Infancy and Earliest Childhood in the Roman World
Some areas of the Roman family have come under particular scrutiny in the last twenty years, and the developing emphasis on children in Roman culture can be seen in recent scholarship. Despite this, very little research is related to the role and significance of newborn children and infants in the Roman family and society.
With high infant mortality, it is tempting to assume that close bonds were rarely formed with the newest members of a Roman family. This appears to be supported by Roman textual sources which point towards culturally ascribed notions of infants as ‘non-persons’ until they reached a particular age. But literary and philosophical comments need to be balanced against the material evidence to enable us to assess Roman perceptions of the first phase of human life. My recent examination of the archaeological evidence for attitudes towards the death of the very young in Roman Italy, for example, demonstrated that families clearly invested care and effort in the burial of babies lost tragically early, although Roman (elite) authors claim that such young children should not be mourned or treated as anything but marginal (M. Carroll, Infant Death and Burial in Roman Italy, J. Roman Archaeology 24, 2011, 99-120).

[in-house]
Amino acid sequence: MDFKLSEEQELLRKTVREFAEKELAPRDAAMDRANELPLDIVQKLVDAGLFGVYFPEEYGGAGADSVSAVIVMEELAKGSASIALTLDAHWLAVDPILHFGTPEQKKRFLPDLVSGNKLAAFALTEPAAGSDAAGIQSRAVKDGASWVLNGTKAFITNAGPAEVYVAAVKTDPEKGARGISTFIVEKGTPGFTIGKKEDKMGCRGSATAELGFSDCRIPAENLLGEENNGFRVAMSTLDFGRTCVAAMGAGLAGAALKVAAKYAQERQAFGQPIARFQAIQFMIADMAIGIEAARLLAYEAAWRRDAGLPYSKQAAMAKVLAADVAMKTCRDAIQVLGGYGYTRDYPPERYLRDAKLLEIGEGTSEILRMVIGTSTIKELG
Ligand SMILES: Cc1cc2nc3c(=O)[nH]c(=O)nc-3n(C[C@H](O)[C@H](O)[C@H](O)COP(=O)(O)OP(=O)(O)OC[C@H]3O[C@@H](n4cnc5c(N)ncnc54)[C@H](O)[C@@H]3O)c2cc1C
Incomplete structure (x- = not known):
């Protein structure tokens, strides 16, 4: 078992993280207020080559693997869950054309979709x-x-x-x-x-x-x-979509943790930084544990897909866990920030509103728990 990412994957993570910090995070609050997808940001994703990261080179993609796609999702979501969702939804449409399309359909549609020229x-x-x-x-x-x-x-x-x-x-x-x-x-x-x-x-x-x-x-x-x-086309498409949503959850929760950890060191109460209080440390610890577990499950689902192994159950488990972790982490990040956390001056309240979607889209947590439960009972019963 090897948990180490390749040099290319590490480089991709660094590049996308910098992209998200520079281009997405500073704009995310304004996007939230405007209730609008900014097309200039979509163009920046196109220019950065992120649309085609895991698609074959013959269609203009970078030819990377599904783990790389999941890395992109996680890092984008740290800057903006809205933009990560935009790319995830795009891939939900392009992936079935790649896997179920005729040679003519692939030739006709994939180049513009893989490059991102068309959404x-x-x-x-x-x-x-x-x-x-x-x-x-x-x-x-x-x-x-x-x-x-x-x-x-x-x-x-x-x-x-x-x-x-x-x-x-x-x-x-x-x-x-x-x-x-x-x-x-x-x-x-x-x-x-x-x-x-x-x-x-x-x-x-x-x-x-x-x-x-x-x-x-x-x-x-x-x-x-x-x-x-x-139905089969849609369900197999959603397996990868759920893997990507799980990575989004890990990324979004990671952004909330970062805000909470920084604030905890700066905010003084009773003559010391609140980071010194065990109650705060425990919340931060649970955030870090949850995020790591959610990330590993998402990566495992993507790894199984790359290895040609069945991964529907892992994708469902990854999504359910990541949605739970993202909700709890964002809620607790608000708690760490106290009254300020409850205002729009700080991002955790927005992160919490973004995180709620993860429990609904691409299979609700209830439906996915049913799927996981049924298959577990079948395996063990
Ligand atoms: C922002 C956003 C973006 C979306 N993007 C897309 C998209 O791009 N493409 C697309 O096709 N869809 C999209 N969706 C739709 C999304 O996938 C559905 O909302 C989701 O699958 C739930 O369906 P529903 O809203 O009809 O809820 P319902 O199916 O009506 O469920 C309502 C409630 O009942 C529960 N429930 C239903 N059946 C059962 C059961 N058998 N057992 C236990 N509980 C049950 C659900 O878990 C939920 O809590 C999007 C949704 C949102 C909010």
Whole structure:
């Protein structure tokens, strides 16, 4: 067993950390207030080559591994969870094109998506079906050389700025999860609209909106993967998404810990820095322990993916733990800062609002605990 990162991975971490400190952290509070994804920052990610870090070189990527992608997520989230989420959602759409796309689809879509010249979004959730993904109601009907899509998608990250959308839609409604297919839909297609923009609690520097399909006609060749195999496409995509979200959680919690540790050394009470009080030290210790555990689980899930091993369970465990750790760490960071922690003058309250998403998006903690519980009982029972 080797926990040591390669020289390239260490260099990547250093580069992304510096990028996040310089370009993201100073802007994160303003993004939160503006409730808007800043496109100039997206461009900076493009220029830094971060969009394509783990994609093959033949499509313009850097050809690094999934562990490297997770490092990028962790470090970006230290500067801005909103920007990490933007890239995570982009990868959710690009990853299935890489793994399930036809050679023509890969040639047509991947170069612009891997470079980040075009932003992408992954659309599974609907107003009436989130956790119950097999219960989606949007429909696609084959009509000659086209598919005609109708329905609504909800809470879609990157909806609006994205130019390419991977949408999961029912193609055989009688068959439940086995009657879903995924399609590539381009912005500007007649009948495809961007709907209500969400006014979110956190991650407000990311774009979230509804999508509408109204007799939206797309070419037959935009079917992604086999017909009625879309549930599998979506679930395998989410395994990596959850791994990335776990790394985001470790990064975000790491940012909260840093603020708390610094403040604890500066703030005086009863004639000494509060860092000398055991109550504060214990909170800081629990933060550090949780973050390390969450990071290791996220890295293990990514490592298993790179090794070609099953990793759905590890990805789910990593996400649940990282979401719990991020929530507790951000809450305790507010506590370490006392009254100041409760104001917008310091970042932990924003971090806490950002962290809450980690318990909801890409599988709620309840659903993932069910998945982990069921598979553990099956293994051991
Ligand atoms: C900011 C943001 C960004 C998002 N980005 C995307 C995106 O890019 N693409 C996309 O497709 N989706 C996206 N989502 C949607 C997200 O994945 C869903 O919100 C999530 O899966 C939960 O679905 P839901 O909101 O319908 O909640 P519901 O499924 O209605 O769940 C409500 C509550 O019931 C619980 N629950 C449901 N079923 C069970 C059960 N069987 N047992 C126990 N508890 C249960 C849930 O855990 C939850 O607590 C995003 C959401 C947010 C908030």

This interdisciplinary project on infancy and earliest childhood, funded in 2012-2013 by the Leverhulme Trust and the Society of Antiquaries, draws on archaeological, artefactual, osteological, epigraphic, artistic, legal and literary evidence to understand the role and significance of newborn children and infants in Roman families and societies throughout the empire. It aims to explore distinctions of class and socio-cultural situations over time and the relations between the realities of and rhetoric about earliest childhood.
This research will result in the publication of the first study of infancy and earliest childhood in a cultural overview encompassing the Roman empire.